With tens of thousands of dance studios throughout the United States, it’s essential that you take steps to make yours stand out. These days, every business needs to develop an online presence. One of the best ways to get ahead of your competitors and appeal to new students is to create a phenomenal website that attracts and informs interested students, enticing them to choose your dance studio above all the rest. So, how do you do it? What should you include on your website?
First Step For Website Creation
Before you begin creating a website, you must consider your branding and what you want the capability to be. What is your brand? Who is your target audience? What are your long-term and short-term goals? How do you want people to view your studio? Do you want to offer online registration and payments? By answering these questions, you’ll be able to get a good sense of the type of information to include before beginning the actual website creation process.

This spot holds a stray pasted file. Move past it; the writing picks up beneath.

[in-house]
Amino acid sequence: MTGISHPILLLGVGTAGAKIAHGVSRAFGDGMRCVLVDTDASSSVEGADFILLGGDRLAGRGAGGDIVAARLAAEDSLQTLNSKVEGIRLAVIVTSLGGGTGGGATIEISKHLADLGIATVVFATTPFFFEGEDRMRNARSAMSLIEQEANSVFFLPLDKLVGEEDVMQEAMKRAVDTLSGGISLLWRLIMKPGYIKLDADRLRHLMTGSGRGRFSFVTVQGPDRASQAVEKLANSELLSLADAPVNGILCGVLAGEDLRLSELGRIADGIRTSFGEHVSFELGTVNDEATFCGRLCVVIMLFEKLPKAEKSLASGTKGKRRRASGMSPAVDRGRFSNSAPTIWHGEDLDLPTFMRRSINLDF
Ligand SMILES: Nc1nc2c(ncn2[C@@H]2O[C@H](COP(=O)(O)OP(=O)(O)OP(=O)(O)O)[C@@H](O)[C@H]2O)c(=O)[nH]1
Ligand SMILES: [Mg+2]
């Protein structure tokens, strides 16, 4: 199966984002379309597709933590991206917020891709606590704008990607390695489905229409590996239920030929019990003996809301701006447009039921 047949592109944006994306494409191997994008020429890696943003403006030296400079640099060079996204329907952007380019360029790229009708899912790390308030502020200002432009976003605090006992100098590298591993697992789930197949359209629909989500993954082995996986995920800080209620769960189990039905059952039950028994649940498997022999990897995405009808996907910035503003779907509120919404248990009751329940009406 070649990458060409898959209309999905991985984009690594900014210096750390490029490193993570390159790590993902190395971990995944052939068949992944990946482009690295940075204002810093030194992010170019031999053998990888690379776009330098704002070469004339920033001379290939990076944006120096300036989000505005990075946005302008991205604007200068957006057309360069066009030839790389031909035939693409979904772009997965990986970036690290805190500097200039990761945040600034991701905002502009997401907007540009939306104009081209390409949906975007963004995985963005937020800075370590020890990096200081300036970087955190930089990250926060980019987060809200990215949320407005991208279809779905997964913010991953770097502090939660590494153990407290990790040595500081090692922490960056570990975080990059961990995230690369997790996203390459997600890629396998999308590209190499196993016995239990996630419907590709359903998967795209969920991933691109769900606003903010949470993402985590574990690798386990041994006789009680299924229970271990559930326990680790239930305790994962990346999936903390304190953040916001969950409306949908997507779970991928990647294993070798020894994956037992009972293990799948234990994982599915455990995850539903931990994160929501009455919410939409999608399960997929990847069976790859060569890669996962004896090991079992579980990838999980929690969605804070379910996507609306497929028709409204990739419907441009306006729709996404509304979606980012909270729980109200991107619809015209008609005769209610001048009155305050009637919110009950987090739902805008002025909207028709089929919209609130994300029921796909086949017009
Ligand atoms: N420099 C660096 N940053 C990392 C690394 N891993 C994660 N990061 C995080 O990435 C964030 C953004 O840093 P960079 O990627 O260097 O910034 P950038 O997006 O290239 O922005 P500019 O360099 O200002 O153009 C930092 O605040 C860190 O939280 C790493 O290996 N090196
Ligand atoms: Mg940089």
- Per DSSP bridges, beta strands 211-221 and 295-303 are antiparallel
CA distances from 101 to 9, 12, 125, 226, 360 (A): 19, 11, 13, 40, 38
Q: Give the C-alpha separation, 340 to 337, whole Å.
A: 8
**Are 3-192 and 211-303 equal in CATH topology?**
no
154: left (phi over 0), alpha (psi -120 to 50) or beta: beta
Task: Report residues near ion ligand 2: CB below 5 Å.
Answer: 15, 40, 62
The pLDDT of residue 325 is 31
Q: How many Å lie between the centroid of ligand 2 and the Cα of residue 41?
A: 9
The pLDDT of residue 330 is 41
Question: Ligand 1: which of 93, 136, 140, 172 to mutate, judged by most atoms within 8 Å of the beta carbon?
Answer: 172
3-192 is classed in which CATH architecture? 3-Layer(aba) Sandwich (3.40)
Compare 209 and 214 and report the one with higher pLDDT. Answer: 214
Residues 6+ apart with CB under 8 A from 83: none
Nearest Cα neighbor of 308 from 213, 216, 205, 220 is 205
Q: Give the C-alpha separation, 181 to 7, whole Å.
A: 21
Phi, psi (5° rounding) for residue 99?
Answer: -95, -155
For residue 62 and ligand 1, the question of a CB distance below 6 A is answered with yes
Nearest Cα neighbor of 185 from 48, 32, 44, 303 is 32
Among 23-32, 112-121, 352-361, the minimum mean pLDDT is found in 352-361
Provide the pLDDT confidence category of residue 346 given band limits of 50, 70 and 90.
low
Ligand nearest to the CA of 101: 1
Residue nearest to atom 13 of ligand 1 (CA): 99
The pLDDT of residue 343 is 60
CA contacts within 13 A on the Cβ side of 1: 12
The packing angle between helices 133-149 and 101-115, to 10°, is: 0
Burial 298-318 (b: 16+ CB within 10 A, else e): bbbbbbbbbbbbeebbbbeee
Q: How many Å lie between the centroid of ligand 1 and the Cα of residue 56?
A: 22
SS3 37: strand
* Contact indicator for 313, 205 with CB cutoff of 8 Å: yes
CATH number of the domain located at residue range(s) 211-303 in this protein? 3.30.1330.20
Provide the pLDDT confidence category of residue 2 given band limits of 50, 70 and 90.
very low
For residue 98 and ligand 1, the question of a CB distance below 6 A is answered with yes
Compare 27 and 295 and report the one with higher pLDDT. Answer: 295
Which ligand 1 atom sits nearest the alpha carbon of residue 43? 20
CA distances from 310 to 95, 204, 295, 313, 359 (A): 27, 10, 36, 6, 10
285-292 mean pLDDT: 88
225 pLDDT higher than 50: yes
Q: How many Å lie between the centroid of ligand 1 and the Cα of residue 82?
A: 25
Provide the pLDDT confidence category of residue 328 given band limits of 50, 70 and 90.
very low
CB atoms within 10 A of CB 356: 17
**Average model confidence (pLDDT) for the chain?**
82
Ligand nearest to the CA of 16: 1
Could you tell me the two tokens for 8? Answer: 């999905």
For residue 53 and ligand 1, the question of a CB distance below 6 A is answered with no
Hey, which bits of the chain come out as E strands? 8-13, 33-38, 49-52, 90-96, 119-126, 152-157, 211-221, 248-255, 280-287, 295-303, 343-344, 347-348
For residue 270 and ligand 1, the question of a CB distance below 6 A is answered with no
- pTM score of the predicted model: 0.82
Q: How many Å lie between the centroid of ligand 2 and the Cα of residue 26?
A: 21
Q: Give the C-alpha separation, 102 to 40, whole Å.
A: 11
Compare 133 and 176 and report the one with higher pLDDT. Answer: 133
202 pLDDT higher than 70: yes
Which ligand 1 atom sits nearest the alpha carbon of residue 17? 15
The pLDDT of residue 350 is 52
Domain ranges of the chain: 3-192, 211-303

10 Essential Features for Dance Studio Websites
After you’ve answered all the questions above in as much detail as possible, you can move on to mapping out the ten most essential features for your dance studio website.
1. Create an easy-to-remember URL
When you create a URL for your website, try to use your studio name or another recognizable name associated with your brand and opt for the dot-com extension instead of dot-net. If the name you choose isn’t available, come up with an alternative, easy-to-remember URL that is relevant to your business.
2. Add contact forms